META never attracted sufficient support to win enactment (Montana’s wrongful discharge statute came four years before). Despite some fears about increased liability, employers still preferred self-regulation to the constraints of a sweeping statute. Even if it would have benefited employees, META also failed to arouse support from unions and plaintiffs’ attorneys. Some unions still embraced the “substitution theory,” the idea that enhanced employment law protections made it harder to persuade workers about the need for unionization. By 1987, the AFL-CIO had issued a policy statement supporting a wrongful termination law, but it never became a federation priority. For their part, plaintiffs’ attorneys benefited from the wave of common law exceptions and the attendant damage awards they could win for workers before a jury. In their view, META substituted this fruitful set of claims with a weak standard and inadequate remedies.

The Modern Movement

Postmortems of the 1980s-90s movement indicate that its compromise-driven, reformer-led model divided the broad workers’ rights coalition of employees, unions, and attorneys. The modern movement is already taking a different form.

One fundamental difference is that the recent just cause efforts in Philadelphia and New York are a reaction to workers’ economic precarity, not to doctrinal uncertainty and management’s fears of liability. While the 1980s-90s movement originated with top-down reformers, the new efforts have been led by workers and worker advocates, including 32BJ SEIU, Fast Food Justice, the National Employment Law Project, and the Center for Popular Democracy.

For unions, the reasons to support wrongful discharge legislation have become clear. The appeal of the “substitution theory” had already faded by the 1980s-90s, but unions still did not see the need to prioritize just cause. Today, the calculus has changed. More unions have embraced their role as advocates for working people beyond their bargaining units. Unions may thus be willing to back wrongful discharge legislation simply because it benefits employees broadly. While improving conditions for workers is the goal, just cause laws have collateral benefits for organized labor, too. First, a background rule of just cause could weaken employer opposition to unionization since management’s discretion to terminate workers will already be limited by law. Second, just cause laws give bite to our toothless labor law by providing real protection for workers who face retaliation for union organizing. Finally, when unions publicly champion just cause laws, they demonstrate to unorganized workers how a union in their workplace could fight for them.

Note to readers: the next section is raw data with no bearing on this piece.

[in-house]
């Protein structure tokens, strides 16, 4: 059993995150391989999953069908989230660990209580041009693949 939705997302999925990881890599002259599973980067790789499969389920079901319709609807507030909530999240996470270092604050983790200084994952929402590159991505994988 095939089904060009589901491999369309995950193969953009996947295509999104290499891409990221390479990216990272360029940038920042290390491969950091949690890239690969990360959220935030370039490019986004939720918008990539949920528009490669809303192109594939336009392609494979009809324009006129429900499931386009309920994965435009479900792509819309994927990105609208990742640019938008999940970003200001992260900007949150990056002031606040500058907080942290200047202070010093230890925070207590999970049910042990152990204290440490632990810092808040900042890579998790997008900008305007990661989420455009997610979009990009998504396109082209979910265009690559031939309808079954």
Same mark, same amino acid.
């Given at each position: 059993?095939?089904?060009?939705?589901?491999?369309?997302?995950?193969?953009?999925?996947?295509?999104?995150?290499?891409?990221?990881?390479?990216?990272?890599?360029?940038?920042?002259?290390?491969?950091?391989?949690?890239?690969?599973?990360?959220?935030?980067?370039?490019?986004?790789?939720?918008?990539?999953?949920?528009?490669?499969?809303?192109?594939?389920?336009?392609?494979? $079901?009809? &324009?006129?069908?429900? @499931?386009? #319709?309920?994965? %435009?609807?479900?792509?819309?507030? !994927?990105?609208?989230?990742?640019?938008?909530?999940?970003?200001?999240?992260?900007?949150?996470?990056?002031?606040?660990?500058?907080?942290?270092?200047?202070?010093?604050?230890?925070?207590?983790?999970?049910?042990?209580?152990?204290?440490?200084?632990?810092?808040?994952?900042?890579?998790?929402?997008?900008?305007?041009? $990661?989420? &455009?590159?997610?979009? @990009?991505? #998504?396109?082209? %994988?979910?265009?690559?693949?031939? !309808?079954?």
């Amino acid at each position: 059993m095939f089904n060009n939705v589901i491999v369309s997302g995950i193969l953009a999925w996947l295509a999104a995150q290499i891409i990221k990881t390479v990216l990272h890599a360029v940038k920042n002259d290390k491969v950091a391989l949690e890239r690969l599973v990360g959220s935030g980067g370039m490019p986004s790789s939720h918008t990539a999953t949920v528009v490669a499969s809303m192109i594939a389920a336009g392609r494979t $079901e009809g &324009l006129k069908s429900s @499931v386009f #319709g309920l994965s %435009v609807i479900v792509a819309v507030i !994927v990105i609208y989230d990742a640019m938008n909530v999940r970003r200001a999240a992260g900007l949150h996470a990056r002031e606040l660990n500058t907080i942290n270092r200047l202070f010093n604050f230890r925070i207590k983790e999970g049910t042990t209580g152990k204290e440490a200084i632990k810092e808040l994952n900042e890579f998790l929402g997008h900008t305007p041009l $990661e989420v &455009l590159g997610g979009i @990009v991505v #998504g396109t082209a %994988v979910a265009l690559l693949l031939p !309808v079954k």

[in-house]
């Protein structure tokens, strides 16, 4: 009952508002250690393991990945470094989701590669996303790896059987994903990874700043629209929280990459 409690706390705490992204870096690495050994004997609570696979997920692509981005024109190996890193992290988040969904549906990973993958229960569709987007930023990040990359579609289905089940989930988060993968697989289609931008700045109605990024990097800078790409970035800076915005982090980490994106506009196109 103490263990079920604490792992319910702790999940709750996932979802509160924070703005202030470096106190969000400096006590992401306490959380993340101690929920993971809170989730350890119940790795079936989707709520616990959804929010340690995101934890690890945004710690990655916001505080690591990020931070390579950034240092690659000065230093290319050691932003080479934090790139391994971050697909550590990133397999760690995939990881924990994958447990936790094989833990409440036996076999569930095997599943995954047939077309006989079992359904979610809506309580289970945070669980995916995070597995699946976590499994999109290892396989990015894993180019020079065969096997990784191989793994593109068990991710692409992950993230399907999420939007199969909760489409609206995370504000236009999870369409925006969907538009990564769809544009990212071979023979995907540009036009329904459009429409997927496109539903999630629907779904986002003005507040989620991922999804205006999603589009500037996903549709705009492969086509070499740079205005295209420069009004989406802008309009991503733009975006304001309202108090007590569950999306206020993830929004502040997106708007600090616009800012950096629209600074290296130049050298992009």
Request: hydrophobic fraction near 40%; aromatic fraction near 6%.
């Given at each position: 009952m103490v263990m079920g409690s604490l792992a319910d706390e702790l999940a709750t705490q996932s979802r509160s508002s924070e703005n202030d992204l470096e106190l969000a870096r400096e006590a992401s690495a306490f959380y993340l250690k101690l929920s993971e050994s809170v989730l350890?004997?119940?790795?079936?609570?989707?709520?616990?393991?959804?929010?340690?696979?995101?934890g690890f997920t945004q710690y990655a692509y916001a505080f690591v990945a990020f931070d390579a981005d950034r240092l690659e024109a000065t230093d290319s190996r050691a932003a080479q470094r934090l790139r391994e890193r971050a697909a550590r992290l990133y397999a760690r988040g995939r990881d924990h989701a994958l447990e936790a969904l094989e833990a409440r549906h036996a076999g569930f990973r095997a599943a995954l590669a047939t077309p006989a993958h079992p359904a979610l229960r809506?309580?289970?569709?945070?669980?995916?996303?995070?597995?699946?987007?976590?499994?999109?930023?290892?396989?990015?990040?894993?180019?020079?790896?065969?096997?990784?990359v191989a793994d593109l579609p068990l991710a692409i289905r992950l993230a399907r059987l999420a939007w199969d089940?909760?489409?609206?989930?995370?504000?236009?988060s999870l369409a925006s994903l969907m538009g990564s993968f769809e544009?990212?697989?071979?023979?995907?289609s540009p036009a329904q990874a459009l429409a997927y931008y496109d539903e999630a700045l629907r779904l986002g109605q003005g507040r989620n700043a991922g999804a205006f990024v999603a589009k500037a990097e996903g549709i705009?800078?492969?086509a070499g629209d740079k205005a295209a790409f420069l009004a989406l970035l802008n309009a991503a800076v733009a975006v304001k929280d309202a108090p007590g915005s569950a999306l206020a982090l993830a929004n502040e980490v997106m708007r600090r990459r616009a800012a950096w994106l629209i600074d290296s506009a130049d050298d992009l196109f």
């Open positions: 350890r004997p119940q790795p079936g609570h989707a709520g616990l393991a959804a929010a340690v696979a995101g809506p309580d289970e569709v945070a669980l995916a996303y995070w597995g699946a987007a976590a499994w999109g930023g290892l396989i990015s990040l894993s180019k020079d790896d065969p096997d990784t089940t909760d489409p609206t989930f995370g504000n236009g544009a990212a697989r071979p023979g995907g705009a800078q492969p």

Plaintiffs’ attorneys also have new motivation to support wrongful discharge legislation. The wave of common law exceptions to the at-will rule has slowed, giving management opportunities to adapt (e.g., editing handbooks, changing evaluation processes) and depriving workers and their attorneys of avenues to litigate. Moreover, the allure of large damage awards from common law claims has vanished as employees increasingly sign away their right to jury trials. In this changed context, the legislation now proposed is more of an opportunity for plaintiffs’ attorneys than a threat. The Philadelphia law and New York bills provide for a private right of action and allow for recovery of the full range of damages. They preserve anti-discrimination claims (adding what Professor Katie Eyer calls an “extra-discrimination remedy”), and, unlike META, they do not displace common law remedies. Workers and their attorneys only have a legal claim to gain.

As the modern movement for wrongful discharge legislation accelerates, compromise with employers may become necessary. But unlike the reformer-led efforts of the 1980s-90s, compromise is not the starting goal. This new moment is an opportunity for a unified coalition of employees, unions, and attorneys to end the cruelty of the at-will employment regime once and for all.